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TCU 360

TCU 360

All TCU. All the time.

TCU 360

TCU admissions “optimistic” about diversity after affirmative action programs outlawed

TCU’s new administration building, The Harrison (Heesoo Yang/Staff Photographer)

College admissions offices around the country are gearing up for the first application season since the United States Supreme Court issued a ruling this summer that banned the use of affirmative action programs in college admissions.

In response to that ruling, the TCU Office of Admissions will “amplify recruitment and yield efforts to highlight our inclusive campus culture,” Dean of Admissions Heath Einstein said. 

The lawsuit at the center of the case, Students for Fair Admissions v. Harvard, was filed in 2013 by a group of anonymous Asian-American students and intended to focus on discrimination against that group in particular, instead of affirmative action programs in general. 

The Supreme Court’s decision comes at a time when higher education officials across the country have stressed that they are seeking a diverse student population. 

TCU admissions by the numbers

Since 2019, TCU has averaged around 19,000 applications each fall for first-year admission. The percentage of those applicants admitted each fall stands at around 50 percent. The yield, which is the percentage of the original applicant pool that go on to enroll at TCU, is roughly 23 percent. Explore more TCU admission data, including student demographics, here:



Admissions office planning for the way ahead

The ruling opened another chapter in conversations about campus diversity. In an email to the university on the day of the ruling, TCU president Daniel Pullin stated that the university had been preparing for such an outcome.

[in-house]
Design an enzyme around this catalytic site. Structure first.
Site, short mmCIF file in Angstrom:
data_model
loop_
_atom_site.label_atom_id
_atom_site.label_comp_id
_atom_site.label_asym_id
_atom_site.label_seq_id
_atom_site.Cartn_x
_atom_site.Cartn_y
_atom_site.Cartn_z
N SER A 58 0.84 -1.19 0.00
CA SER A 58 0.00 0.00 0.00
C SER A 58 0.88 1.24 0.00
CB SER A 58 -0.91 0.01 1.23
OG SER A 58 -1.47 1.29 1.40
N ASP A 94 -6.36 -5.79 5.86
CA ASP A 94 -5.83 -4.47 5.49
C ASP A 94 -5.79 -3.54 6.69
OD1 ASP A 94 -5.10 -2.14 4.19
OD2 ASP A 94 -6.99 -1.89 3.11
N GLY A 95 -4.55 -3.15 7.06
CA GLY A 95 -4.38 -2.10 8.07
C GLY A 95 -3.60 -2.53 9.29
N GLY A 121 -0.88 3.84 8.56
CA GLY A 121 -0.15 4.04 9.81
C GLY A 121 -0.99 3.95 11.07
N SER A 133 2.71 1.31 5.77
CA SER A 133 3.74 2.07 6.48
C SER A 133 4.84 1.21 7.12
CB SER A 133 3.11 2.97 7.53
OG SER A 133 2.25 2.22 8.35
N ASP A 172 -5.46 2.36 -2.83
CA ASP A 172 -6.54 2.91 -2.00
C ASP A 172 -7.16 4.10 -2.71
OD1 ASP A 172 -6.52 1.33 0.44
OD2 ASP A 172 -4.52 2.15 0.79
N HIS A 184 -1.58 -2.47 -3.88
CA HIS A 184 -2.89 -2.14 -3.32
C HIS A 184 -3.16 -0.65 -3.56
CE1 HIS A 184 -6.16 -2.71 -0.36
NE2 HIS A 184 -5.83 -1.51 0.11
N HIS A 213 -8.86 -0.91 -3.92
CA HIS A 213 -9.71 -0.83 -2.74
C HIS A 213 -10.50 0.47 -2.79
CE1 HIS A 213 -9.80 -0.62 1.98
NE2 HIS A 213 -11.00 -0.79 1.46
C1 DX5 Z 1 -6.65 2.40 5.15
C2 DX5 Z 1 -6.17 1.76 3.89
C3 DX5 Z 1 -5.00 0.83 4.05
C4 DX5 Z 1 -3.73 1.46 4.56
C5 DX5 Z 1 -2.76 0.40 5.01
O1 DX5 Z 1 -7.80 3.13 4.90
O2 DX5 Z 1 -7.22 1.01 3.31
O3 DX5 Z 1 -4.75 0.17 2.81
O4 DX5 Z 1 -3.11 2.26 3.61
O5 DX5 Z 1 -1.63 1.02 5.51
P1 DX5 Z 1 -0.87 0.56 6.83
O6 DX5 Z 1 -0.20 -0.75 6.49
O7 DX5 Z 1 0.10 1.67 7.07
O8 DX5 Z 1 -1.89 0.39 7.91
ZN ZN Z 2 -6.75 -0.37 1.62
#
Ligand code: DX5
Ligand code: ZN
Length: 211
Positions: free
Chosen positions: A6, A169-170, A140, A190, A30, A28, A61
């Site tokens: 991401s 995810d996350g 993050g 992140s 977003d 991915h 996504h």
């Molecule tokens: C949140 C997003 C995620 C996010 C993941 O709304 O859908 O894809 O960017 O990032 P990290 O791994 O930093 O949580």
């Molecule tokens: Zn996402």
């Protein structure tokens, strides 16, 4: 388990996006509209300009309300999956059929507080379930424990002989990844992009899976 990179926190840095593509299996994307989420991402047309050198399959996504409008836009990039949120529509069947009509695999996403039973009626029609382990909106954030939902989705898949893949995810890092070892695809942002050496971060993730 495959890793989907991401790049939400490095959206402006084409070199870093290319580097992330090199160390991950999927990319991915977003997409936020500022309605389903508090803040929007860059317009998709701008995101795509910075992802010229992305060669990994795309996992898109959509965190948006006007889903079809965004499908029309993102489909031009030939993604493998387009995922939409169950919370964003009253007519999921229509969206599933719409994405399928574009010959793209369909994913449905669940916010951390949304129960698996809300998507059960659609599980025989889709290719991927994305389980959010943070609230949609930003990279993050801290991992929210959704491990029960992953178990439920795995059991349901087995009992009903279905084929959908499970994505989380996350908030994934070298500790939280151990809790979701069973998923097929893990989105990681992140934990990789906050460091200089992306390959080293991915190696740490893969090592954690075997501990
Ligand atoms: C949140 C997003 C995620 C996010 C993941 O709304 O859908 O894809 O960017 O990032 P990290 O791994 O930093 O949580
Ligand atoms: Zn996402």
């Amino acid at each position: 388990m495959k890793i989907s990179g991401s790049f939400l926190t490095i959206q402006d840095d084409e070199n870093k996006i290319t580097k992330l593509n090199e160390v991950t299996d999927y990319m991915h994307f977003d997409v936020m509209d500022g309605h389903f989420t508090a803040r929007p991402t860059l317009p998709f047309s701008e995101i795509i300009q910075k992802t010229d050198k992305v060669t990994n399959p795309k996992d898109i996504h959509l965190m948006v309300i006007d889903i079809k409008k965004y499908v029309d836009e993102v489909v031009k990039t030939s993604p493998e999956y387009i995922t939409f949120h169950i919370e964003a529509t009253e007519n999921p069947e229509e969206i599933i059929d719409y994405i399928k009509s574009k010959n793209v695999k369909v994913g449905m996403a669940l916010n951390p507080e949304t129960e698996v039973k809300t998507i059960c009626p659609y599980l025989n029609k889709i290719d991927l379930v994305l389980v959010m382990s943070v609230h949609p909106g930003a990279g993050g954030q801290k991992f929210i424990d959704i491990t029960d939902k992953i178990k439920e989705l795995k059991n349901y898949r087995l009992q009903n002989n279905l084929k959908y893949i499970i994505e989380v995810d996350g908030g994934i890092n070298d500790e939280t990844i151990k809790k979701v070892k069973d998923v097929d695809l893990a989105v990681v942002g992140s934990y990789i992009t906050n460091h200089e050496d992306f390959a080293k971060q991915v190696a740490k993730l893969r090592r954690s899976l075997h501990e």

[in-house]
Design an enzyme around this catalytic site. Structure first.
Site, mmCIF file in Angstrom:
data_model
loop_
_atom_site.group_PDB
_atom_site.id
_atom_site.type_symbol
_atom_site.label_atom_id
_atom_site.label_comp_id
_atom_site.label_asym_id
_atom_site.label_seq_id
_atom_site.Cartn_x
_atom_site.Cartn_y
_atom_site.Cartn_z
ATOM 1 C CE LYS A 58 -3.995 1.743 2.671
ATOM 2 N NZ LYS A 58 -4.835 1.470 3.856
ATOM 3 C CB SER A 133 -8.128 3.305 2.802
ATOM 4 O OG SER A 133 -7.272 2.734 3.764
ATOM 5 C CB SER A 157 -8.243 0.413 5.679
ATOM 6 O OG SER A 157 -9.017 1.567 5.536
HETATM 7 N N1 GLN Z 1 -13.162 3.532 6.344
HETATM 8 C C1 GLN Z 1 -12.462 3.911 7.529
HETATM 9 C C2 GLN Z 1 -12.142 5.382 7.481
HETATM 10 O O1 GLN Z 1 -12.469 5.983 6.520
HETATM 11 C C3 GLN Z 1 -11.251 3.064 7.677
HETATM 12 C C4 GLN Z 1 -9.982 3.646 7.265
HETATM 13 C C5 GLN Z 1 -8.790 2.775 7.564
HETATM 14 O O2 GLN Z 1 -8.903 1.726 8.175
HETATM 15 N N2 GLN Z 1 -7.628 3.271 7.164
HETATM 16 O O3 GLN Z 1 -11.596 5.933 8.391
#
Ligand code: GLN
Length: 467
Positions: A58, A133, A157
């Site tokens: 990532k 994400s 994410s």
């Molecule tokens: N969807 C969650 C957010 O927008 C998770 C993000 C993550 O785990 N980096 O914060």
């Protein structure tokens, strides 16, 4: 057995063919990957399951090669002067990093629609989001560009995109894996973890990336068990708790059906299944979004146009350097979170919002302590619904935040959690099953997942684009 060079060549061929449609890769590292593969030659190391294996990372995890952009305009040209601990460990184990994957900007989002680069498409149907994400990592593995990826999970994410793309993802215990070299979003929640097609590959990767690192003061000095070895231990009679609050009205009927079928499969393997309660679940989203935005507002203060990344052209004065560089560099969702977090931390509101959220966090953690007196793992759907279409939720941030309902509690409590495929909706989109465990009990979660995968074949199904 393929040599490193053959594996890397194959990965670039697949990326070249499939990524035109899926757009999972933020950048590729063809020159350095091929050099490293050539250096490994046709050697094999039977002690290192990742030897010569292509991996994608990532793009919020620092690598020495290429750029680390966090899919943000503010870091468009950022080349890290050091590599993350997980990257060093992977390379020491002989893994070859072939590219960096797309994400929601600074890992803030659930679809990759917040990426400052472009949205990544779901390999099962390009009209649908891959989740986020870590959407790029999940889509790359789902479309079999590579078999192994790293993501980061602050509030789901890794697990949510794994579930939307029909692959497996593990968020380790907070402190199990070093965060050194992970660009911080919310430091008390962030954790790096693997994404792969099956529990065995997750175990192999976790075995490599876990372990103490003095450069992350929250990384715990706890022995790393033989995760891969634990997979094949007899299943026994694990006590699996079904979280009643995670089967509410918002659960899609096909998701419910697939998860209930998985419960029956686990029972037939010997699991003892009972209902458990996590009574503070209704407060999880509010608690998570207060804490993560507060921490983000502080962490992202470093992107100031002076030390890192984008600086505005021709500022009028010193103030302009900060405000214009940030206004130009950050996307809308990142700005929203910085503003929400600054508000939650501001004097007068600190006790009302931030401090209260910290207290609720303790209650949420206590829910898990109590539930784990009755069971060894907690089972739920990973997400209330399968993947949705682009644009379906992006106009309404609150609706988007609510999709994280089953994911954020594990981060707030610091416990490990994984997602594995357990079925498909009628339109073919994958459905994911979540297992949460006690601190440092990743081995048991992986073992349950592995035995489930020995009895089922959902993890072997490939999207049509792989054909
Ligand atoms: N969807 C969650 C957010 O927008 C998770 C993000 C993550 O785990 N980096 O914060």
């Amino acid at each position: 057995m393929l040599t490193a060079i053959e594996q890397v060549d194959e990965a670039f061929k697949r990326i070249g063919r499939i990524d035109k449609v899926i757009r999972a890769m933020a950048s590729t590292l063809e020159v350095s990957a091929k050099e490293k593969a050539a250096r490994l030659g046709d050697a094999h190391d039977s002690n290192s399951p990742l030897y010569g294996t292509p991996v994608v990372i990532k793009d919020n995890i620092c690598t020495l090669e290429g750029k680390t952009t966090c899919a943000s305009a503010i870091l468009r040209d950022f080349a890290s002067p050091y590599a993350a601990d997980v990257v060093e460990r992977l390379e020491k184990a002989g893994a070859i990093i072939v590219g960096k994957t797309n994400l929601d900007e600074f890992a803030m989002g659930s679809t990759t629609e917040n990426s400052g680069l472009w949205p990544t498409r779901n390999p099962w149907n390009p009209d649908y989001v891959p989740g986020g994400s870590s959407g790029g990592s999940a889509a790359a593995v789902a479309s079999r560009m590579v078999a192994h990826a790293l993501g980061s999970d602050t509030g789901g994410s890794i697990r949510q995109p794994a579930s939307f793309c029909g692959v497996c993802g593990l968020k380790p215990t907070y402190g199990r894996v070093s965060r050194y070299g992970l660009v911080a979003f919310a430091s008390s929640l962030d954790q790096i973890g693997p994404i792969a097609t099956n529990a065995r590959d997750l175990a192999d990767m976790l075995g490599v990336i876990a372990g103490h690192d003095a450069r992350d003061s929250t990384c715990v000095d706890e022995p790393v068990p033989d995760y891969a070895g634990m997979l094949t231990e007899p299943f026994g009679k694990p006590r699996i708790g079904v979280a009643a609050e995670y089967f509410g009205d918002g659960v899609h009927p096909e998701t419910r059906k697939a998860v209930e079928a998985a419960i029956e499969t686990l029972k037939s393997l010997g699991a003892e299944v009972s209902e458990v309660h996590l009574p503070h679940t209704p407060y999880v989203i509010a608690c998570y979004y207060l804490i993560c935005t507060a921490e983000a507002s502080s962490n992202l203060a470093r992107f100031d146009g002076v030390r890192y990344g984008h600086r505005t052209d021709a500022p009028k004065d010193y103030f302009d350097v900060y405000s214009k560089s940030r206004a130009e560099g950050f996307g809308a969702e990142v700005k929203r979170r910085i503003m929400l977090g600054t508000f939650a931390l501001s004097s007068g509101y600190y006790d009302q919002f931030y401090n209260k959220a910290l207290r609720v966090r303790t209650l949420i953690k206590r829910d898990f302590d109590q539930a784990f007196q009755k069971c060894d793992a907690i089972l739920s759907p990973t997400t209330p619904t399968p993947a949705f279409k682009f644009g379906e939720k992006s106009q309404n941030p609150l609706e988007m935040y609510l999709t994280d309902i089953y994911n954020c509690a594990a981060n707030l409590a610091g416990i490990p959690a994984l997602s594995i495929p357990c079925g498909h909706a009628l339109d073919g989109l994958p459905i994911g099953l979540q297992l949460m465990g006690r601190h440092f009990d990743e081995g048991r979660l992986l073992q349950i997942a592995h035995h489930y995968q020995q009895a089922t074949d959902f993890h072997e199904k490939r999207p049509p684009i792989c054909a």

“For nearly two years, many across the campus have been studying the potential impact of such a change in the law on university operations. We have already taken steps to mitigate any impact on our mission,” Pullin said.

Efforts to protect diversity in the student body include analysis of financial aid strategies, the test-optional application route and engaging in outreach with community organizations.

One student group voices diversity concerns

“We have concerns about the trickle-down effect in terms of the number of Black students who will be admitted to TCU,” the TCU Black Student Association said in a statement posted to Instagram on August 1st. 

As of the fall 2022 semester, 4.9% of TCU’s total enrollment consists of Black students.

“I am optimistic that TCU is well-positioned to thwart any negative impact by collectively harnessing the power of the TCU promise,” Einstein said. 


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